BREAKING: DISH Held In Contempt (For Real)

I’ve been covering the TiVo/DISH/EchoStar patent infringement case for years. (With varying degree of interest.) And it looks like we’re that much closer to a conclusion given today’s ruling/affirmation by the United States Court of Appeals for the Federal Circuit:

Appellants (collectively, “EchoStar”) appeal from the district court’s decision finding them in contempt of the court’s permanent injunction order. TiVo Inc. v. Dish Network Corp., 640 F. Supp. 2d 853 (E.D. Tex. 2009). Because we find that the district court did not abuse its discretion in imposing sanctions against EchoStar, we affirm the finding of contempt.

The Premiere may not have moved the needle, but there’s nothing like the prospect of (large sums of) cold, hard cash to whip the investors into a frenzy:

Yes, TiVo should be receiving (additional) cash from DISH and/or EchoStar. And, yes, it looks like a number of DISH DVRs will be disabled. Davis Freeberg and I are still sifting through the ruling to get a better sense of what this ultimately means and if DISH/Echo has any moves left. I’d also keep an eye on Engadget’s resident legal eagle for a more thorough analysis.

21 thoughts on “BREAKING: DISH Held In Contempt (For Real)”

  1. About time, although TiVo’s patents seem obvious today, that is the system we have so other companies need to pay the creator. If TiVo didn’t actually implement these patents years ago, I’d be signing a different tune.

  2. Man, I had been looking to build my position in TIVO in advance of the coming Directv receiver. Thought the 8.50-10 range was good. MAN, just missed my timing by a few days – and that’s not like me.

    Must be my excitement for tonites HABS game. ;-)

  3. Both companies have put out statements… TiVo believes they’ll receive about $300 million in damages and sanctions, but aren’t done with DISH yet. DISH says current DVR customers will not be impacted by this ruling and they’re looking to appeal.

  4. Hopefully TiVo uses the cash to hire more developers to implement all those things we wanted in the Premiere box! $300M is many many years of R&D costs!

  5. They don’t have to disable PVRs already placed with subscribers, but all the ones they have in stock have to be disabled, which basically means they can’t be sold as PVRs.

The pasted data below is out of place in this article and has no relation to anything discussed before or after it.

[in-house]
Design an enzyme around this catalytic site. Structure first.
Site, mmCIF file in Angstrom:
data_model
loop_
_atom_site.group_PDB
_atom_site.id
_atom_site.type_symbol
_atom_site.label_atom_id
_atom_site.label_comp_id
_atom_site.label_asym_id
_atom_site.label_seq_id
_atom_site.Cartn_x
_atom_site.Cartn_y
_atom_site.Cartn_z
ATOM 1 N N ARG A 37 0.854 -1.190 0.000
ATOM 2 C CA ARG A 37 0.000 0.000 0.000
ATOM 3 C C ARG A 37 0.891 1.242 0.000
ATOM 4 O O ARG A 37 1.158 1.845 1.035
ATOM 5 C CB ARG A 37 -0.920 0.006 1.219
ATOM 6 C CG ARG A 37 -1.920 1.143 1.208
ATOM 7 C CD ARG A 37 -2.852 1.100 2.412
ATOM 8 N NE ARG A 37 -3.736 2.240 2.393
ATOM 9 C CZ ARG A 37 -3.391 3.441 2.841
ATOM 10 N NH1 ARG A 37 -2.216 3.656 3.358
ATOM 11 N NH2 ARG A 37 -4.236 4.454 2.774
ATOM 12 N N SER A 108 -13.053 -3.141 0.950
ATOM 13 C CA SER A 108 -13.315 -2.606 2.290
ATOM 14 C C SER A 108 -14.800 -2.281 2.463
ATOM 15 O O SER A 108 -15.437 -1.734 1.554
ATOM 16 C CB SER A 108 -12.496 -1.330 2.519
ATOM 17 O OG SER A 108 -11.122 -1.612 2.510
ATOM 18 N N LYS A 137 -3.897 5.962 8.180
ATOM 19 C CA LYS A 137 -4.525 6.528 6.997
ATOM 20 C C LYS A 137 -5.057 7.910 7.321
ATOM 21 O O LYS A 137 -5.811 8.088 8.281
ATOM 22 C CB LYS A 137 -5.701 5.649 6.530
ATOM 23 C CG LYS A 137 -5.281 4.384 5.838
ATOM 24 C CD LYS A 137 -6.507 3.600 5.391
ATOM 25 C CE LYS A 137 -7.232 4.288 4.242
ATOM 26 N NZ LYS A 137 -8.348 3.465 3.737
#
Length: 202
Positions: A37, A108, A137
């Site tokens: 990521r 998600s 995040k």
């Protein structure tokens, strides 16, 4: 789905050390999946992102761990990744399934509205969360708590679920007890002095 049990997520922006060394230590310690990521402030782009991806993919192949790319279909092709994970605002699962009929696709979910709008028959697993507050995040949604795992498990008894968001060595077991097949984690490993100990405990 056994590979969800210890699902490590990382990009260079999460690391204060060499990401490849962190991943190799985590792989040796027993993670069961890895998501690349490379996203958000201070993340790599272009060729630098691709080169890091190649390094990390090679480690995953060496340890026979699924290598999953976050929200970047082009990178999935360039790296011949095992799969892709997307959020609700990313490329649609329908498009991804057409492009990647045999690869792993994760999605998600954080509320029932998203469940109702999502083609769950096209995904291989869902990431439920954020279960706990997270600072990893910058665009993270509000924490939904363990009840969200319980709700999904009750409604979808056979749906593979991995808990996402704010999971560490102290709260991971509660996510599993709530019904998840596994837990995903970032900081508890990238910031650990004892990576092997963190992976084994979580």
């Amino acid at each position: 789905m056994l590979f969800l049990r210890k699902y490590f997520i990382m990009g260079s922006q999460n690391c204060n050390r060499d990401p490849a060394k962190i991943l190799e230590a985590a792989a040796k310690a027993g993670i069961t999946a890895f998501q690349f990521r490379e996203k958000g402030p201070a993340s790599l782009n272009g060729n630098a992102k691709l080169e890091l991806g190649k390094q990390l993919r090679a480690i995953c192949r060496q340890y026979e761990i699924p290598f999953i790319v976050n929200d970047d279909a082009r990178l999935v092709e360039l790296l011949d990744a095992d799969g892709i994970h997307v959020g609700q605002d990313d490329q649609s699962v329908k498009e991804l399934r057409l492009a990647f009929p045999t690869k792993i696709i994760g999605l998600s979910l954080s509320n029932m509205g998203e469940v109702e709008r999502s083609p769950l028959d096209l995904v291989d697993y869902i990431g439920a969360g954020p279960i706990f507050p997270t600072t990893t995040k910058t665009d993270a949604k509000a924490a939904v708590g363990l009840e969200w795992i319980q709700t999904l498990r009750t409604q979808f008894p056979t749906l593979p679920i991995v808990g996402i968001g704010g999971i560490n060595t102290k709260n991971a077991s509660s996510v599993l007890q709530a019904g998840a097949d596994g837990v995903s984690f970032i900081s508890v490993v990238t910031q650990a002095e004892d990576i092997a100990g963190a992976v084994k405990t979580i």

EchoStar got totally pwned, basically. They can’t sell PVRs anymore without infringing in some way.

  6. Now they will have the money to implement all the great ideas/complaints of their own customers…. oh wait… nvrmd… maybe S5?

  7. Love the iphone screenshot showing how the battery only has around 1/3 of its juice left before lunch. Appreciate the comic relief when we all know it is so much easier to screengrab from a laptop.

  8. Actually, iPhone screengrabs are very easy and perfectly sized. I originally thought to take a shot of the Google finance page, but it wasn’t as clearly presented (colors, contrast) as this. Which is why I deviated. And I took the screenshot while WALKING to my laptop out in the car.

    But yeah, my battery life sucks on weekdays. It’s not the iPhone actually, it’s because I get no reception in the office (thank you, AT&T) and I always forget to turn the radio off. Continually hunting for a single it’ll never find kills the battery.

    It’s probably also worth mentioning at this time that I’ve never bought, sold, or owned TiVo stock. And I generally could care less how the market reacts. But this spike is newsworthy.

  9. Now now, before we spend Tivo’s money for them, we need to get a few things straight first.

    As my mom once told me, just because someone has a lot of money, it doesn’t mean they’re good with it.

    See reference: Tivo’s R&D department. Indeed a potential case study.

    Make sure that gets fixed first so we don’t end up with a Series5 with just a 500GB hard drive and a qwerty remote with “SUPER” Glo three years from now. :)